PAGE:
In Kansas City, area construction contractors are doing the happy dance.
And U.S. Attorney Barry Grissom created a new fan base.
His office is behind charges against a Spring Hill, Kan., firm accused of using undocumented workers to gain an unfair competitive edge and line company owners' pockets.
Grissom said he intended to form the case against Advantage Framing in the most cost-effective, efficient and humane way.
"It just doesn't make sense to go out and round up 30 to 40 undocumented workers and start them through deportation when you have an employer who within a week will go out and knowingly replace those folks with another 30 to 40 more undocumented people," Grissom said.
"Knowingly" is key.
It's one thing for an employer to be presented with fake documents or papers that don't belong to the person, hire him or her at a fair wage and complete withholding requirements as an employer. The government gets its cut, to the tune of $15 billion each year in Social Security payments alone.
At least 55 percent of undocumented workers are paid this way, according to studies.
Grissom alleges this operation worked at a whole different conspiratorial level.
According to the indictment, a company owner discussed the creation of fake documents for workers and paid wages in cash via crew chiefs to circumvent Social Security payments, workers' compensation and unemployment insurance.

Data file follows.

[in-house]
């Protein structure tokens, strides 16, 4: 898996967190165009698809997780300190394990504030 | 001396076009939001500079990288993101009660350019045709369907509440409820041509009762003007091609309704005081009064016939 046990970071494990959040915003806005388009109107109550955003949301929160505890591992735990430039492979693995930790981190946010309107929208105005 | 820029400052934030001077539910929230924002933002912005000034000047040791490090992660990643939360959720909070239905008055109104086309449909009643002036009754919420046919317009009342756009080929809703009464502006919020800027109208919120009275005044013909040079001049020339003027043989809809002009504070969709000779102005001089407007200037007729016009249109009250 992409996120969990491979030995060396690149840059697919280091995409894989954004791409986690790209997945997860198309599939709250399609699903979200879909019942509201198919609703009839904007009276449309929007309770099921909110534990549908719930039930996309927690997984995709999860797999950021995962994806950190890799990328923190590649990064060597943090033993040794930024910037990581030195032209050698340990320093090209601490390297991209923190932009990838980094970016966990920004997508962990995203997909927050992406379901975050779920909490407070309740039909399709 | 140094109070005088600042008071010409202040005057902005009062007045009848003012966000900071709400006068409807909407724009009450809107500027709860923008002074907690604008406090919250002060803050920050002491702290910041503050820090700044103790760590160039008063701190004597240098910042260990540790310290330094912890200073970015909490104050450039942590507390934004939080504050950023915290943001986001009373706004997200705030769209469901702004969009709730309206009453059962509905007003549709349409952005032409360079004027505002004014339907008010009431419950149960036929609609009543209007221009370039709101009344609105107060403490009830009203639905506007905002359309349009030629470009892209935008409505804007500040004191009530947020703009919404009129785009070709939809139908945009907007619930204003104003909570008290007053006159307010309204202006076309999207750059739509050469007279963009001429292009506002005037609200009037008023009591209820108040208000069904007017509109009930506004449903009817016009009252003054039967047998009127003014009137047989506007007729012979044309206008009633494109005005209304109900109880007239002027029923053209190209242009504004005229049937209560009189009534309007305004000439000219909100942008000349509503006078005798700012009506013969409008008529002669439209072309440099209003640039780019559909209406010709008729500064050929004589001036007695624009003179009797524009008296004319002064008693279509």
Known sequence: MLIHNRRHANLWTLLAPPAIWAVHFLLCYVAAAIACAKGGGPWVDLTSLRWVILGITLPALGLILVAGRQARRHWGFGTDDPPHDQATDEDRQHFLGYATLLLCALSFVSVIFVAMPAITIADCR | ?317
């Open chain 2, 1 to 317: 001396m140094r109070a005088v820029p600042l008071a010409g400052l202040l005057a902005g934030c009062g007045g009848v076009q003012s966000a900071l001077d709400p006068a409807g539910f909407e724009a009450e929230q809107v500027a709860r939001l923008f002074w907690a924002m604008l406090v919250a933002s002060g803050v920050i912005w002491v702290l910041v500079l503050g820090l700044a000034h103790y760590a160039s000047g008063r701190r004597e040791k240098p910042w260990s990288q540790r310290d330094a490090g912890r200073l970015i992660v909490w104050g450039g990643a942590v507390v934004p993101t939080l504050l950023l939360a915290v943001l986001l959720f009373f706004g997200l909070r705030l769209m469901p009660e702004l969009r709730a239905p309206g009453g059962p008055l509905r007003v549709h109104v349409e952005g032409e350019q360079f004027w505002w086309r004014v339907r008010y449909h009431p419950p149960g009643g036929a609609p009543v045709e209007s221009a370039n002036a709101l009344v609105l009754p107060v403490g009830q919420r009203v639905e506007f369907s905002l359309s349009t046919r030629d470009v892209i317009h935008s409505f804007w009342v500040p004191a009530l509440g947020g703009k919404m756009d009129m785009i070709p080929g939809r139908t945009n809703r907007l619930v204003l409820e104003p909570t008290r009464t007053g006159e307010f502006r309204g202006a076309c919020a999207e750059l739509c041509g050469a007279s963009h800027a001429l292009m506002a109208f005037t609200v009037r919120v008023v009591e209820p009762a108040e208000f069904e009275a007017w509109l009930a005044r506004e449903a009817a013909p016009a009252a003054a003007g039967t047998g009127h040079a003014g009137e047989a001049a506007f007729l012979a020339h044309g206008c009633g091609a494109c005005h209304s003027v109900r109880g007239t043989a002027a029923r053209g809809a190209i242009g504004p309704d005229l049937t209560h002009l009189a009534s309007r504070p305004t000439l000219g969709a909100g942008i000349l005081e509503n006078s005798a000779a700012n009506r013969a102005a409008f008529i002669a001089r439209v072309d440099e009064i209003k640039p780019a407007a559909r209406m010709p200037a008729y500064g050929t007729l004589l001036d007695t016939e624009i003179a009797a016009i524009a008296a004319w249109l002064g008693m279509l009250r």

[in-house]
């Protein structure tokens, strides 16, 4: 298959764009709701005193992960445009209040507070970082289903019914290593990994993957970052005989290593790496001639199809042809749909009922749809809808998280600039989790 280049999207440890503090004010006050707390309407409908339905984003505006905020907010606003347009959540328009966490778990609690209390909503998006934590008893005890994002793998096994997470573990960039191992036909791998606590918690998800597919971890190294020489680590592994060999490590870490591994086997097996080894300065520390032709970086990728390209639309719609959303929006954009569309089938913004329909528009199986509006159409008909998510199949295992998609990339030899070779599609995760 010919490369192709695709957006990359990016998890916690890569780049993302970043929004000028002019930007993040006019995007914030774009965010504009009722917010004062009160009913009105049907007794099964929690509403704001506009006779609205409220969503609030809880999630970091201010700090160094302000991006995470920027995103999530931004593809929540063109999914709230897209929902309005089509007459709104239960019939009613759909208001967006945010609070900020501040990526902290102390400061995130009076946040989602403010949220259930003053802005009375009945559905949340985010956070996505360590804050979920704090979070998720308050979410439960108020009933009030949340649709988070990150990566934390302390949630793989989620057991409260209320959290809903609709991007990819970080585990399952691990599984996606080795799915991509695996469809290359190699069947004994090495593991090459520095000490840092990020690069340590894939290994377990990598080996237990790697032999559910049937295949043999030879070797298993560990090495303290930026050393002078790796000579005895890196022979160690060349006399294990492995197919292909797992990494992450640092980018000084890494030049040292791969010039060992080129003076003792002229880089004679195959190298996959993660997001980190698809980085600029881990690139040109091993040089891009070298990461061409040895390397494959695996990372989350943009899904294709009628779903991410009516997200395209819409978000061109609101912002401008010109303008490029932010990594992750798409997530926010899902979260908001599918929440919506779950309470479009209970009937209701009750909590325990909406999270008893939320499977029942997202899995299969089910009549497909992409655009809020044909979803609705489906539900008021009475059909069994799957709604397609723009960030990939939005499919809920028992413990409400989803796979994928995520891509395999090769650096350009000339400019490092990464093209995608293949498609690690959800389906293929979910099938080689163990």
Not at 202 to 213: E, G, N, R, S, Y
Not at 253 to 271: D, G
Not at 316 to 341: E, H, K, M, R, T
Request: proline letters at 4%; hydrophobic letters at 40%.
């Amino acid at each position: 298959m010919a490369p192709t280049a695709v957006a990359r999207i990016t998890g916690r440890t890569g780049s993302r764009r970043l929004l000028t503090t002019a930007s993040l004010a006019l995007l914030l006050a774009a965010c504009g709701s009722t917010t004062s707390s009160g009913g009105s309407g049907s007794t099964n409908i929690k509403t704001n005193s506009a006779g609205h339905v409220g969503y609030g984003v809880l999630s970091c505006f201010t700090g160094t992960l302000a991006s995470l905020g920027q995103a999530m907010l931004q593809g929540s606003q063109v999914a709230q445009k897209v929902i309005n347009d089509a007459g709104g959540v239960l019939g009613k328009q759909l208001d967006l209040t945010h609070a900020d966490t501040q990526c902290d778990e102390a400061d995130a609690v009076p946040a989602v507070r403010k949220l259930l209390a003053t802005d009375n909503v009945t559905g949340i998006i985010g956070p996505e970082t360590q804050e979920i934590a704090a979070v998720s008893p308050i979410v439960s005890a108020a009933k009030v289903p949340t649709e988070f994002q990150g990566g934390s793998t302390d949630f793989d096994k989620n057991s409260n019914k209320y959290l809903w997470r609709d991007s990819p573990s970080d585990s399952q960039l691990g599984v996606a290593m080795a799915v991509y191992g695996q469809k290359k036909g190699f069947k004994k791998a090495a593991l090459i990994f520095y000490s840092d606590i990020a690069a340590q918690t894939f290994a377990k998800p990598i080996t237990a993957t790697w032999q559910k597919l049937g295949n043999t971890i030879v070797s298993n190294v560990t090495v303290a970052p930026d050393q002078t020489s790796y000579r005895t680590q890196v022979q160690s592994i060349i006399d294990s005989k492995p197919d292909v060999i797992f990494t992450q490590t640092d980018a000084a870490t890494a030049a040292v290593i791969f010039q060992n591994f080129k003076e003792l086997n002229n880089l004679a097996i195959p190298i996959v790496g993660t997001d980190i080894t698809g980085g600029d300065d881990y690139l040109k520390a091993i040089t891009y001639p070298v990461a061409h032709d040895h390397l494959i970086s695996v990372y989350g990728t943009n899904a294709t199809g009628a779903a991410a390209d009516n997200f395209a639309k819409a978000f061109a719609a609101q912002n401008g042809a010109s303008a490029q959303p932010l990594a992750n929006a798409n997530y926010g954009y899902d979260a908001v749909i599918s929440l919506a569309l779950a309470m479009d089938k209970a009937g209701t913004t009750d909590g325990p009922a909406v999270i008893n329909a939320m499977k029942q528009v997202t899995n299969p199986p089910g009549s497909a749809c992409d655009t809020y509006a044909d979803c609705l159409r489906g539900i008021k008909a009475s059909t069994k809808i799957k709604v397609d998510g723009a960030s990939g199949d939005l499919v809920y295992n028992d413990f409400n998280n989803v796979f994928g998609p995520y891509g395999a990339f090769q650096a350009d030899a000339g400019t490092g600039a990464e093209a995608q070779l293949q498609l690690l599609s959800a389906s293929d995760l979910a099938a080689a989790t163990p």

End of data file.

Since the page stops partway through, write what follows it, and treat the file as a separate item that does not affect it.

A call to Advantage wasn't returned.
For years, all the federal government focused on was chasing around immigrants, targeting some for deportation.
Left undone was the far more laborious work of building paper trails to catch companies that scam everyone by underpaying such workers, evading the tax system and cheating those born in the United States out of competing for the work.
Grissom said that upon taking his position, he told regional immigration officials he didn't favor raids but would focus on employers who undercut the market with illegal labor.
Advantage ran so many crews, some argue the company was able to decimate pricing in the local market.
One construction owner accused the firm of "destroying the market" with "slave labor." "I shouldn't be denigrated because I'm a good, honest employer trying to pay my people a good wage so that they can make a nice living as craftsmen," the Lenexa businessman said.
Like others who commented, he also had some sympathy for the workers, left to an ineffective immigration system that doesn't react to employers' needs, especially for seasonal labor.
"Bring them in and give them work visas," he said. "Make these companies do it right and not cheat their workers."
It's a message Congress needs to heed.
THE KANSAS CITY STAR